Looking Back Through the Archive: Part 2

Posted on: 13th April 2023
Artist Helen Smith at the Quaking Houses wetland. Photograph by Paul Nugent, 1997.

Hello! I’m Emily, a Helix Arts Archive Volunteer.

Following my first post in February, I’m excited to share a bit more about Skinningrove and Quaking Houses which I’ve found out from looking through Helix Arts’ vast archive!

Beginning in 1995, Helix Arts (then called Artists’ Agency) helped pioneer an ecological project to restore the polluted Stanley Burn in County Durham.

Huge amounts of heavy metal pollution was caused when a spoil heap from an ex-coal mine, Morrison Busty, was disrupted by the building of the A693 Annfield Pass road. This had severe ecological effects on the local wildlife, and the orange-coloured water was being pushed up into the soil.  At first unable to attract funding for clean-up work, the Quaking Houses Environmental Trust (led by resident and ex-miner Terry Jeffrey) reached out to hydrologist Paul Younger at the University of Newcastle, and plans were put into motion for the creation of a wetland near the village to purify the water as it passed through it.

Wetlands work to reduce pollution by slowing down water flow, allowing organic processes such as bacteria to feed on the polluting molecules and trapping sediment in the compost at the bottom of the pool. The wetland at Quaking Houses became the first of its kind in Europe for reducing sulphates — and it was built, imagined and managed entirely by the people who lived there.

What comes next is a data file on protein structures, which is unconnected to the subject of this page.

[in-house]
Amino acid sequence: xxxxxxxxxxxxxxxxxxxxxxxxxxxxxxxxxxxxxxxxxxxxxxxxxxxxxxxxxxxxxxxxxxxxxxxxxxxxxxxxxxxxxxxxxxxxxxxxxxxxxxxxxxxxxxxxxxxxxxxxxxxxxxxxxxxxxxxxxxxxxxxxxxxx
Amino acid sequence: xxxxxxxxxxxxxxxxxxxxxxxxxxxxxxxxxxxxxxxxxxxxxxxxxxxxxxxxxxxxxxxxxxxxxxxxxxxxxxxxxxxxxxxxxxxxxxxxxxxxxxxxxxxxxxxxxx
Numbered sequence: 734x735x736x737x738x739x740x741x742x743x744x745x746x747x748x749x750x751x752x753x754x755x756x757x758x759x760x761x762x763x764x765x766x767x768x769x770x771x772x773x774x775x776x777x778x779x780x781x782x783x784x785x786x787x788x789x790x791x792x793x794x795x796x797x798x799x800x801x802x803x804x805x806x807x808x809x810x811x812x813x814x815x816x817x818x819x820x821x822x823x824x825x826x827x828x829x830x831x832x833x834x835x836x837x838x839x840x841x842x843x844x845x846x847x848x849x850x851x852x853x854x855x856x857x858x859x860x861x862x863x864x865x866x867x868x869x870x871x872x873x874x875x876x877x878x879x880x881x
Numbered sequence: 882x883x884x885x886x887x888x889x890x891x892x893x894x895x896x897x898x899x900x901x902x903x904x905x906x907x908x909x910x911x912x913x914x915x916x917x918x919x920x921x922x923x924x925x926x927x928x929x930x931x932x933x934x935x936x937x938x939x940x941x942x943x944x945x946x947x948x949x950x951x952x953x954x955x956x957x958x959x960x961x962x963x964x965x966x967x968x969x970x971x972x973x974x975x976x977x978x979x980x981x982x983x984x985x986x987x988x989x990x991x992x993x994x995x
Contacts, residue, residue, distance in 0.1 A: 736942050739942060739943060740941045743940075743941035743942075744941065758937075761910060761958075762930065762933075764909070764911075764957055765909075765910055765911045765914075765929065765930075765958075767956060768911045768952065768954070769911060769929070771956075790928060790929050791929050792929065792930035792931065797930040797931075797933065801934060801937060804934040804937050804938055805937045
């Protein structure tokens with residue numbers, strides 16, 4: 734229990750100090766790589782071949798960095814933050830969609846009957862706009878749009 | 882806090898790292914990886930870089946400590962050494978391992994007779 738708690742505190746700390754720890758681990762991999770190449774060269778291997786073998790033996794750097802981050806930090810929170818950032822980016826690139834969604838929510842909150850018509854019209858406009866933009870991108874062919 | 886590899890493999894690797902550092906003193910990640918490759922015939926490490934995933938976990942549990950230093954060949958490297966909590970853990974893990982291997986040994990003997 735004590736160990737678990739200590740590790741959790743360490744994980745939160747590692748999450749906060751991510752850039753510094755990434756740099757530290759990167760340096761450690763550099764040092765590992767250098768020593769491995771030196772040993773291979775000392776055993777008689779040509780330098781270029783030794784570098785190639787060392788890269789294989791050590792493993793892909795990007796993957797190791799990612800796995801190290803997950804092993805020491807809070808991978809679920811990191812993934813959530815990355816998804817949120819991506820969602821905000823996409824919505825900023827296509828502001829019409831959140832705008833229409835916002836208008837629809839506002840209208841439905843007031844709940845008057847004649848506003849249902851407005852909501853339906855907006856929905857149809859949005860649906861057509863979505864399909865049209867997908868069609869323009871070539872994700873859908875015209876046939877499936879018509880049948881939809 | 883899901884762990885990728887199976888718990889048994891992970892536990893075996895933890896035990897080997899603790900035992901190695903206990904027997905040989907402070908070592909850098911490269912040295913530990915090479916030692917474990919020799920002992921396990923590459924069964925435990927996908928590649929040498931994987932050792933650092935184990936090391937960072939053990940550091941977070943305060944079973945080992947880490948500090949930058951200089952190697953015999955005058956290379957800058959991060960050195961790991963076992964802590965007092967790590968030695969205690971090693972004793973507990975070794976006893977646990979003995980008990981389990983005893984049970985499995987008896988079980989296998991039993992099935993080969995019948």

As the project developed, local people from the village of Skinningrove in Cleveland contacted the project at Quaking Houses, looking for ideas to decontaminate a beck running through the village that had been polluted by iron oxyhydroxide. In March 2000, a collaborative action-planning forum was held in the village’s abandoned Primary School, attended by over 200 people. There were approximately ten workshop groups, focusing on wider issues around bottom-up solutions to pollution.

The issue of how to obtain environmental justice is one that more and more occupies newspaper headlines, especially as movement from world governments on the climate crisis seems to stall in the face of escalating instability. What I find compelling about these projects is the glimpse into the possibility of what direct action can achieve, whatever skills you have. Also what is exciting about finding out about these projects from the archive is the reminder of the power of members of a small community have to create and sustain the physical, cultural and social environments they live in, especially when overlooked and ignored by the powers that be.

In creating a sustainable environment for everyone, there is a need for the collective to be effective, but also a need for close attention to the exercise of power: where do organisational needs override local voices? How do local projects like these interact with the wider national and global forces that impact upon them? As Terry Jeffreys said during the evaluative phase of the Quaking Houses project : “You have succeeded in that you have built the Wetlands. To build on that alone is quite weak.”